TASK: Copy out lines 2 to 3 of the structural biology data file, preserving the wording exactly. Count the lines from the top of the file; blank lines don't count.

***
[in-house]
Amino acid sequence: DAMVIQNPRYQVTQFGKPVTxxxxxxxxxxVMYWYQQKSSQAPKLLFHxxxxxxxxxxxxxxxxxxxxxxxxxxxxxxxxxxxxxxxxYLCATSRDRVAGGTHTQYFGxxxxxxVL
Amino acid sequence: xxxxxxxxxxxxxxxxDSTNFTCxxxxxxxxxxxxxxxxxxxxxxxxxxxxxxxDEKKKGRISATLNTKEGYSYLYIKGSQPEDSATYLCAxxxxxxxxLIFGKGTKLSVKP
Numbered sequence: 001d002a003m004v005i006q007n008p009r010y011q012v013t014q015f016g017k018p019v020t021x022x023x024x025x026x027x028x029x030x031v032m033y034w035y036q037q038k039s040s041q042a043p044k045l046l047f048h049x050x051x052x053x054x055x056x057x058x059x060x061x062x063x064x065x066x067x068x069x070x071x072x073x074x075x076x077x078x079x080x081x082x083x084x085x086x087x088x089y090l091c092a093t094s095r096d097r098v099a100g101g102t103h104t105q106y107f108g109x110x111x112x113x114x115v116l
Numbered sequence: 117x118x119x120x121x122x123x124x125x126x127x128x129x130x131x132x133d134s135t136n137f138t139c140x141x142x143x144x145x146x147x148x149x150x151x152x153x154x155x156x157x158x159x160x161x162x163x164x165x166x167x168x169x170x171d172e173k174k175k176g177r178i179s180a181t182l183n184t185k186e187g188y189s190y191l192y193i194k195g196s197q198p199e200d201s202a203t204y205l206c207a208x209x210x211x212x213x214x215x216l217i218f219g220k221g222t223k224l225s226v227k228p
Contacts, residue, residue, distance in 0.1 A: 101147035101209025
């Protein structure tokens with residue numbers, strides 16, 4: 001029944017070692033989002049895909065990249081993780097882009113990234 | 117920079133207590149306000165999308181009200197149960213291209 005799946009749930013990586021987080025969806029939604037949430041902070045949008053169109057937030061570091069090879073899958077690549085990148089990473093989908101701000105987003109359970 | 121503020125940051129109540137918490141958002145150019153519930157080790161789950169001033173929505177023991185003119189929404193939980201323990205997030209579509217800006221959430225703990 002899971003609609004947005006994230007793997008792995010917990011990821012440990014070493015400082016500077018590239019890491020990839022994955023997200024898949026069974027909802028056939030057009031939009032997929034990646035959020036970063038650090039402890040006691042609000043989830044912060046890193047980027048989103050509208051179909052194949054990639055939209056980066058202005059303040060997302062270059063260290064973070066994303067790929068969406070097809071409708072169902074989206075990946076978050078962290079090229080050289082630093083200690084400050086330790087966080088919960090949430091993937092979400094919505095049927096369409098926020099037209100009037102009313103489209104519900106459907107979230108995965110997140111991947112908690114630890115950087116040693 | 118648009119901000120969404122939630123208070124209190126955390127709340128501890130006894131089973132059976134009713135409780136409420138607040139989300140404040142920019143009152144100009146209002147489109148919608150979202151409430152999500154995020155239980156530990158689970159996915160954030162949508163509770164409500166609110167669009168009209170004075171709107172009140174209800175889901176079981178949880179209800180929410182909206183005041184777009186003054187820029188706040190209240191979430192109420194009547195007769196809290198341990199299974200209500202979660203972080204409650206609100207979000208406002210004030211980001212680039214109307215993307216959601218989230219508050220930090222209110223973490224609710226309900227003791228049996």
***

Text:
Amino acid sequence: DAMVIQNPRYQVTQFGKPVTxxxxxxxxxxVMYWYQQKSSQAPKLLFHxxxxxxxxxxxxxxxxxxxxxxxxxxxxxxxxxxxxxxxxYLCATSRDRVAGGTHTQYFGxxxxxxVL
Amino acid sequence: xxxxxxxxxxxxxxxxDSTNFTCxxxxxxxxxxxxxxxxxxxxxxxxxxxxxxxDEKKKGRISATLNTKEGYSYLYIKGSQPEDSATYLCAxxxxxxxxLIFGKGTKLSVKP